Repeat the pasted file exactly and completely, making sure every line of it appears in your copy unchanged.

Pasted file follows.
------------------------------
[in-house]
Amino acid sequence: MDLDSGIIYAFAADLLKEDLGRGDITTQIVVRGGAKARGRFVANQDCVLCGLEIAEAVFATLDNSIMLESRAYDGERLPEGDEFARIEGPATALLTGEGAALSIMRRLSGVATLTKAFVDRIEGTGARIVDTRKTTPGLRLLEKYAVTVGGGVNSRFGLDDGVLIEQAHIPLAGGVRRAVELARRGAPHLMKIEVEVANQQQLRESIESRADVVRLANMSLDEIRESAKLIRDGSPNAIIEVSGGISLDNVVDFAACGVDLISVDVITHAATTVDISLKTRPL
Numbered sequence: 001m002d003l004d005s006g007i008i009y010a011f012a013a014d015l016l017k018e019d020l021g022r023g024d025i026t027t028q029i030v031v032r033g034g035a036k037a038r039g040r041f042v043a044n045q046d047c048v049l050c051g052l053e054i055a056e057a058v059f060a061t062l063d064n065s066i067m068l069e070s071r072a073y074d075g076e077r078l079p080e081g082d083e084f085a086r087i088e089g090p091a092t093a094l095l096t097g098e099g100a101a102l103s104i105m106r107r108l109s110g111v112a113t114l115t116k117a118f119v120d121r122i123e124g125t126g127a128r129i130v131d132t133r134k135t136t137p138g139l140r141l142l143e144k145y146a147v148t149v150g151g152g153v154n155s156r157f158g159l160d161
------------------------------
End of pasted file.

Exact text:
[in-house]
Amino acid sequence: MDLDSGIIYAFAADLLKEDLGRGDITTQIVVRGGAKARGRFVANQDCVLCGLEIAEAVFATLDNSIMLESRAYDGERLPEGDEFARIEGPATALLTGEGAALSIMRRLSGVATLTKAFVDRIEGTGARIVDTRKTTPGLRLLEKYAVTVGGGVNSRFGLDDGVLIEQAHIPLAGGVRRAVELARRGAPHLMKIEVEVANQQQLRESIESRADVVRLANMSLDEIRESAKLIRDGSPNAIIEVSGGISLDNVVDFAACGVDLISVDVITHAATTVDISLKTRPL
Numbered sequence: 001m002d003l004d005s006g007i008i009y010a011f012a013a014d015l016l017k018e019d020l021g022r023g024d025i026t027t028q029i030v031v032r033g034g035a036k037a038r039g040r041f042v043a044n045q046d047c048v049l050c051g052l053e054i055a056e057a058v059f060a061t062l063d064n065s066i067m068l069e070s071r072a073y074d075g076e077r078l079p080e081g082d083e084f085a086r087i088e089g090p091a092t093a094l095l096t097g098e099g100a101a102l103s104i105m106r107r108l109s110g111v112a113t114l115t116k117a118f119v120d121r122i123e124g125t126g127a128r129i130v131d132t133r134k135t136t137p138g139l140r141l142l143e144k145y146a147v148t149v150g151g152g153v154n155s156r157f158g159l160d161